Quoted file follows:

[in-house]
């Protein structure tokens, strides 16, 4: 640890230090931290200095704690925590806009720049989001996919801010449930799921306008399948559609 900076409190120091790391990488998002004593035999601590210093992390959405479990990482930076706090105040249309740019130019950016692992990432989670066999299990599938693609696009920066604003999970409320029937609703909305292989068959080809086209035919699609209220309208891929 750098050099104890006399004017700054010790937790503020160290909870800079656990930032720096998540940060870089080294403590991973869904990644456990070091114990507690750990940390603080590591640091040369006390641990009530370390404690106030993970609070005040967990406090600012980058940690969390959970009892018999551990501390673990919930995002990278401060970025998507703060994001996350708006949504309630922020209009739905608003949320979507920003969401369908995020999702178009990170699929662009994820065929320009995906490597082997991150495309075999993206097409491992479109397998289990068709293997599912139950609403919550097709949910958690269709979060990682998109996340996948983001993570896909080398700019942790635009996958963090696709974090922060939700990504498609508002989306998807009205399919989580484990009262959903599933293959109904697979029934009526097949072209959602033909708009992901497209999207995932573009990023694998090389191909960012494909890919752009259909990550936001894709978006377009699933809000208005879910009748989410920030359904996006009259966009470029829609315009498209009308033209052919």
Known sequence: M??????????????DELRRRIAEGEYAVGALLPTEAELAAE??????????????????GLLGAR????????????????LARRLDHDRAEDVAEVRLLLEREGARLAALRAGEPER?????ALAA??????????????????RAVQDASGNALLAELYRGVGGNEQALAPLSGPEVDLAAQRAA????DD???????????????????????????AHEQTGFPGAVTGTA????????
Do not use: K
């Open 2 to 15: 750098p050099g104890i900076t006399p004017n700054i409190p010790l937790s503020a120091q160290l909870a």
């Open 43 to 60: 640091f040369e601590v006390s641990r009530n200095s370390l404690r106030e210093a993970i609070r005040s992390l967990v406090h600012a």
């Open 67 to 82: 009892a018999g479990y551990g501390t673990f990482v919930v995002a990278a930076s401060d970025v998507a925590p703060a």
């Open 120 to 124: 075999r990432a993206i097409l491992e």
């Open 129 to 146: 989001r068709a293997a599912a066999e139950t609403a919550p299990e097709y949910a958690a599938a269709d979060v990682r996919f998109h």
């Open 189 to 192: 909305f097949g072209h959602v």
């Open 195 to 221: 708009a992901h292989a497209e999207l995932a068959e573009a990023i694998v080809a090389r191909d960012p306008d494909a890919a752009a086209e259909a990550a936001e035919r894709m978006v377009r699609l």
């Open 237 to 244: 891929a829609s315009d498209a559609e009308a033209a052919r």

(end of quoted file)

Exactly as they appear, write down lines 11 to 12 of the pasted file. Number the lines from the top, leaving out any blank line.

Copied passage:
């Open 195 to 221: 708009a992901h292989a497209e999207l995932a068959e573009a990023i694998v080809a090389r191909d960012p306008d494909a890919a752009a086209e259909a990550a936001e035919r894709m978006v377009r699609l």
């Open 237 to 244: 891929a829609s315009d498209a559609e009308a033209a052919r």